Depressed Young woman getting bad news by phone Portrait student woman upset, sad, unhappy serious talking on phone

Are you receiving collection notices or calls? It may or may not be legitimate, according to new studies. An alarming number of collections are being conducted either in error or by out-right fraud on the part of some collection agencies.

In the cases of fraud, unscrupulous collectors are simply “assuming” a person’s debt.  It works like this:  Without actually representing the original creditor or by purchasing the debt from the original creditor, these collectors can “see” debt on a consumer’s credit report and simply initiate collections for that debt; they simply begin demanding payment.  The unsuspecting consumer may believe the collector actually owns the debt and will often pay the collector.  The problem is the collection agency that does have a right to collect the debt will still contact the consumer for payment.  The consumer, of course, will say it was paid, but the argument will mean absolutely nothing to the unpaid collection agency.  Ouch!  Money has been paid to the scammer and the debt is still owed.

Sometimes fraud is not involved.  With close to 100 million people owing a debt, it follows that there are a lot of debt collectors making many calls. Sometimes, those calls target the wrong people. There are plenty of reasons why this might happen. Perhaps the debt has already been paid, but the consumer has not been properly credited. Perhaps identity theft is to blame. Sometimes, there’s an honest mistake — data processing — that attaches an incorrect phone number to a debtor’s account.

A particularly pernicious wrong-consumer problem involves recycled phone numbers. Just like every other dwindling natural resource, America is running out of phone numbers, meaning telephone companies end up re-issuing old ones. A Federal Communications Commission study from 2011 says 37 million numbers were recycled annually, a huge jump from a decade earlier, due to the increased number of devices with numbers that consumers have.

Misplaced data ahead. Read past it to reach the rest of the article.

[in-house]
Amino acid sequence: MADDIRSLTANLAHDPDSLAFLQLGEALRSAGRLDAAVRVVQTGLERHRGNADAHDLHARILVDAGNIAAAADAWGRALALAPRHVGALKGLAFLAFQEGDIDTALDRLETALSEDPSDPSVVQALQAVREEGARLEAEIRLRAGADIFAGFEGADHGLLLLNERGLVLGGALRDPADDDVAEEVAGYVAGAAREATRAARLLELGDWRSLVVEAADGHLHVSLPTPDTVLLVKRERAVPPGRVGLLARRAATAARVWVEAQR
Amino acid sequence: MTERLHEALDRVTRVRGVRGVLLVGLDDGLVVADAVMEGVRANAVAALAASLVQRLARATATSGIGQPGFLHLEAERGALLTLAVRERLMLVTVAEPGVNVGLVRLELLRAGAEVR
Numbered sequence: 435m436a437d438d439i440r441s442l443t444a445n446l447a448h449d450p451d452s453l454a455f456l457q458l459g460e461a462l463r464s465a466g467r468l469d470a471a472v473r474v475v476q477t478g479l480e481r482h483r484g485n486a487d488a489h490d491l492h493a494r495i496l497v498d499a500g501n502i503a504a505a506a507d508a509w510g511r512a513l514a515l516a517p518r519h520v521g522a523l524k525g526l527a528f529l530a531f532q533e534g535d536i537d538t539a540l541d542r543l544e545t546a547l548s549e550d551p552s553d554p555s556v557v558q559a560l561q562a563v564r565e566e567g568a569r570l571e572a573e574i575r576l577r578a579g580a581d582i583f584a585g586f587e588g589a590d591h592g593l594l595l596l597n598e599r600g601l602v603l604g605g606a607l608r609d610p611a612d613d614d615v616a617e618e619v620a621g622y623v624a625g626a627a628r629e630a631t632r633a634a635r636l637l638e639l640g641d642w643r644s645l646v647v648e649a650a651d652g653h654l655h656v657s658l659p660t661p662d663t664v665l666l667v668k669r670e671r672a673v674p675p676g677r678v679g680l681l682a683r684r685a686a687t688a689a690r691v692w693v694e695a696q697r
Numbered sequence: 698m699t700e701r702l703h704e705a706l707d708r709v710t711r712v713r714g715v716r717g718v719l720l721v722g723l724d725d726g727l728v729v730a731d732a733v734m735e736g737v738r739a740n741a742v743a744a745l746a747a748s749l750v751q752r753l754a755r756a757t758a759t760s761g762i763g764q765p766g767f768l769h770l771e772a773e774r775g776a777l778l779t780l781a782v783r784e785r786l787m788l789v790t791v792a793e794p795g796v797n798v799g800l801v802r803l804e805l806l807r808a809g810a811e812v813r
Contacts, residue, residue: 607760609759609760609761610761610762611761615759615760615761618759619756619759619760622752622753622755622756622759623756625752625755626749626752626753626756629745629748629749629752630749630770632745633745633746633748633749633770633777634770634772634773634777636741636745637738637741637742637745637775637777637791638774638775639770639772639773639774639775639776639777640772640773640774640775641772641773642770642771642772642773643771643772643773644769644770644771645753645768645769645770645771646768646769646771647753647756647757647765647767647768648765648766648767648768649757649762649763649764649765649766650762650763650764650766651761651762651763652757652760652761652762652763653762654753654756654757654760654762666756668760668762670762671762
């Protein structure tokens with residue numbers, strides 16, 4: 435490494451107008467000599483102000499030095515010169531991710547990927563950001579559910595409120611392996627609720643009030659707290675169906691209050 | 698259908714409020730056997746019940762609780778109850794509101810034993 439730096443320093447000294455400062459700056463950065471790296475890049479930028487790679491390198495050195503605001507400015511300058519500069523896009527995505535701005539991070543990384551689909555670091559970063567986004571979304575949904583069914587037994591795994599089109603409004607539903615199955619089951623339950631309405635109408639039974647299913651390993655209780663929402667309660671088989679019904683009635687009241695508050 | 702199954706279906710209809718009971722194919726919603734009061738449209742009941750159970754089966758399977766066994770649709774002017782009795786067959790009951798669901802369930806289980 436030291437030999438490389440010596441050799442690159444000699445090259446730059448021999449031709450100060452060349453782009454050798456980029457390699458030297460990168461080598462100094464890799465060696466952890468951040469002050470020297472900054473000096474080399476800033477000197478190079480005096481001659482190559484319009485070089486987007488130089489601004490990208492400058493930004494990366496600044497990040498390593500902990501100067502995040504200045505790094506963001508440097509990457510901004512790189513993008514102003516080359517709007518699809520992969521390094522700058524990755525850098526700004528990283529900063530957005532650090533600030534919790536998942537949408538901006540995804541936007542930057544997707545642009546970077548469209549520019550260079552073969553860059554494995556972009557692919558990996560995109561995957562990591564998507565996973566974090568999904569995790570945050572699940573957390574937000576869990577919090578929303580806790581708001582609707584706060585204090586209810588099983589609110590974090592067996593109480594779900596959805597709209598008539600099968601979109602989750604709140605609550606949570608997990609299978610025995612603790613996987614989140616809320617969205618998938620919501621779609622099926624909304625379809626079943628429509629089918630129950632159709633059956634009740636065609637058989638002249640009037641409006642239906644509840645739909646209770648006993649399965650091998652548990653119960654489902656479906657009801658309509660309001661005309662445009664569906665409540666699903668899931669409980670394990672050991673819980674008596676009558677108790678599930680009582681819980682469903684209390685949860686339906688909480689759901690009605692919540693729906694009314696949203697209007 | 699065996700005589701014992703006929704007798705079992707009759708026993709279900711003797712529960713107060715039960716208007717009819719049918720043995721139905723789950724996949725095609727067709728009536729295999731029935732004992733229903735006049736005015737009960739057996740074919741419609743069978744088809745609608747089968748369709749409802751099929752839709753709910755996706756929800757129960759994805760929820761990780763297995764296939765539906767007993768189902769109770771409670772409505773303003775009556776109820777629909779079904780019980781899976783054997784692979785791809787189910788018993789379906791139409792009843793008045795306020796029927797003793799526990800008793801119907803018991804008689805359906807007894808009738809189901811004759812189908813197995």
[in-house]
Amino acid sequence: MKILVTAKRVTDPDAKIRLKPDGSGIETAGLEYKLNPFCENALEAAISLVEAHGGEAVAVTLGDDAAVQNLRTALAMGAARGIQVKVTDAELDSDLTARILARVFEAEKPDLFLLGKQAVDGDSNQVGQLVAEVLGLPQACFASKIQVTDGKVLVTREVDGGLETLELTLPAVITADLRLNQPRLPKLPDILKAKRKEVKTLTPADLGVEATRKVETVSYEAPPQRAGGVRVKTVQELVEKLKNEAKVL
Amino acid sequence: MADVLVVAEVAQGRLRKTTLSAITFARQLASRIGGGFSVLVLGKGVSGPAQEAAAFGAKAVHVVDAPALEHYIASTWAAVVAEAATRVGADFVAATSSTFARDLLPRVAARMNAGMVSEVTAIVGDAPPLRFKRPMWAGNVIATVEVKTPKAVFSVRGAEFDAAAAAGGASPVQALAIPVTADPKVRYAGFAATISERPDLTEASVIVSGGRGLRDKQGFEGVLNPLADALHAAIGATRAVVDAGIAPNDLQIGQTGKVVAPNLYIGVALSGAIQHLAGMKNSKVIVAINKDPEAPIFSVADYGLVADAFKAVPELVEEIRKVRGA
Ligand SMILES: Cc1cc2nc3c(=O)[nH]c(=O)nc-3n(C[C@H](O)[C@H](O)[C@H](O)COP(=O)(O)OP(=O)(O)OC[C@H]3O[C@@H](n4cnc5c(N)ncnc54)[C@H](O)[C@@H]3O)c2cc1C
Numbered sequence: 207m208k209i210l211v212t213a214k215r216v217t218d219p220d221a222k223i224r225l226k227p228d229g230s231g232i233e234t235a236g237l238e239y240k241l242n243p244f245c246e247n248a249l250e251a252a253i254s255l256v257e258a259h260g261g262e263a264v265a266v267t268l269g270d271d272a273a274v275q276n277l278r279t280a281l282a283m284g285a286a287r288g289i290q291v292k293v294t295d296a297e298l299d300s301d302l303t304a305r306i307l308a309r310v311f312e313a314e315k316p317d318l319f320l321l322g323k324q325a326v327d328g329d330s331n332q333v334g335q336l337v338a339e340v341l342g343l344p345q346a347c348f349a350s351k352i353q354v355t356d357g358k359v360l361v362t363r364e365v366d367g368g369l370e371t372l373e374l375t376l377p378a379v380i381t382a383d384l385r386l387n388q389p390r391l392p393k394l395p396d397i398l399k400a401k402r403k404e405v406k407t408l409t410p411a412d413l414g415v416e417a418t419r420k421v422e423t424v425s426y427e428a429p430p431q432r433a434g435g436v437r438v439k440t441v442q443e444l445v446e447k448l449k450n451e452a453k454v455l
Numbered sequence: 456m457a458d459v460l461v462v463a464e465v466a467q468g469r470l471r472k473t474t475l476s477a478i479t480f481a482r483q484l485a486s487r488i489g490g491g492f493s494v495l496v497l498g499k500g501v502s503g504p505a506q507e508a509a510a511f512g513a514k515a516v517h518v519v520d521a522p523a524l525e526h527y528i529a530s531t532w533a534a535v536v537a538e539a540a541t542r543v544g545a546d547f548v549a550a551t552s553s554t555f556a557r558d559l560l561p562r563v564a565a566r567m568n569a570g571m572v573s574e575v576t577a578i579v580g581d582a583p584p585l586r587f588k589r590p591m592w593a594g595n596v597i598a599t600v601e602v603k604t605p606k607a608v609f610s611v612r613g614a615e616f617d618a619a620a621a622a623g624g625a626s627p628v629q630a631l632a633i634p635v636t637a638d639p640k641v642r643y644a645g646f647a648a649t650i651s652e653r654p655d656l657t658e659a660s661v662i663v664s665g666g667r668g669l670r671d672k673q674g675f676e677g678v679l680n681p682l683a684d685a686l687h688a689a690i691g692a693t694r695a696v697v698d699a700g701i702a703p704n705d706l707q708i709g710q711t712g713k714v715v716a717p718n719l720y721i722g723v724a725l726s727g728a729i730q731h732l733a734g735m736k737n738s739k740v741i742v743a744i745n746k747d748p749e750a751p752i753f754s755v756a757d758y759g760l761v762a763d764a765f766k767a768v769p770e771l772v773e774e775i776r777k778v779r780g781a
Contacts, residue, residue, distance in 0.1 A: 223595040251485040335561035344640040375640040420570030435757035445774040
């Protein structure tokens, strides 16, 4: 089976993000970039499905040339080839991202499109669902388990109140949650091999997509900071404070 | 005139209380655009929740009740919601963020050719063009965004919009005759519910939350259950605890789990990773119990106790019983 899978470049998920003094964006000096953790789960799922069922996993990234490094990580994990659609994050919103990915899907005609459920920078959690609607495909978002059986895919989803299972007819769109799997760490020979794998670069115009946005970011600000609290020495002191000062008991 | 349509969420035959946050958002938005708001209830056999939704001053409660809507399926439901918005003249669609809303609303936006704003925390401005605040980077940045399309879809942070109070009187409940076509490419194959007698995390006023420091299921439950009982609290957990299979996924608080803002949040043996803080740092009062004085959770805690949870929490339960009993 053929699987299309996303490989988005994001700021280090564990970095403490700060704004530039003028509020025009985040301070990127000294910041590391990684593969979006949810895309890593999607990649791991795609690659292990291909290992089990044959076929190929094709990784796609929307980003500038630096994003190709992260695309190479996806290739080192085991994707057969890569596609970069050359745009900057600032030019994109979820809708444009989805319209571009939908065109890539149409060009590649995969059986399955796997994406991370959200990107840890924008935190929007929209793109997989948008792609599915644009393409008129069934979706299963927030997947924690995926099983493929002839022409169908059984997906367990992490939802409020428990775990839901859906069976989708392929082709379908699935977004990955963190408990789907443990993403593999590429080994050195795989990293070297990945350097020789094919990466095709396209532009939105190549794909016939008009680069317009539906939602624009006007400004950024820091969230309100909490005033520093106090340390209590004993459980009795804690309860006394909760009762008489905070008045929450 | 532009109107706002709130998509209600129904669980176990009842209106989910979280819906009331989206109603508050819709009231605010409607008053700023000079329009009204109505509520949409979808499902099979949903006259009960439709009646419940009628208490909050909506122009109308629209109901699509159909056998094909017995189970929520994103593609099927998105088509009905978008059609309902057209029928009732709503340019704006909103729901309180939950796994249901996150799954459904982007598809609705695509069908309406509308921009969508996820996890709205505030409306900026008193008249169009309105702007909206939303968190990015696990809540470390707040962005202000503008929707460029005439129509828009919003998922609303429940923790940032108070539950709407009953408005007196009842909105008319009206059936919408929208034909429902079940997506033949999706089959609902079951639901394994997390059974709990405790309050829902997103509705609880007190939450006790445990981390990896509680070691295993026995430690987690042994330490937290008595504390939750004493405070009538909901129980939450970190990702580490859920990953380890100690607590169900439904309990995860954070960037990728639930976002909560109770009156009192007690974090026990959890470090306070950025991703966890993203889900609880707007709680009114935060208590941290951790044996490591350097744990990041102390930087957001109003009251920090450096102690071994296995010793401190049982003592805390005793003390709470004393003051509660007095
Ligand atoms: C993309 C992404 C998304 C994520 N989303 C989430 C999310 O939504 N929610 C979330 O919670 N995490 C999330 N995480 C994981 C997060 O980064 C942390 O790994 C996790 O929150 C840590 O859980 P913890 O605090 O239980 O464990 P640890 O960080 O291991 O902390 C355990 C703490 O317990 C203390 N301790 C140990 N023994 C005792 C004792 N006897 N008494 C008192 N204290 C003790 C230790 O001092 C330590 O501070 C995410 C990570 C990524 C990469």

How Can I Make Collections Stop? 

Regardless if they are legitimate or not, debt collector calls are a real hassle. So how can you stop them? Stopping collection calls and letters can be difficult at best. Some consumer-help companies have suggested police reports, calling the FTC, contacting the CPFB and the list goes on and on.

Even if you were successful in stopping the calls and letters, the debt may still be owed and nothing short of paying debt can stop a possible law suit.

Unless you do this: Contact us.  We have a fool-proof method that will stop collection calls and letters immediately. This is true whether they are fraudulent or not. And this method has an added benefit:

The Heritage clients automatically have our attorney review the collection efforts that are taking place.  This second benefit often results in collection agencies being sued for noncompliance.  This can result in not only the debt being eradicated, but also a nice cash award for you as well!

To learn more about this process please see:  http://heritagecreditrepair.com/credit-counseling-debt-counseling/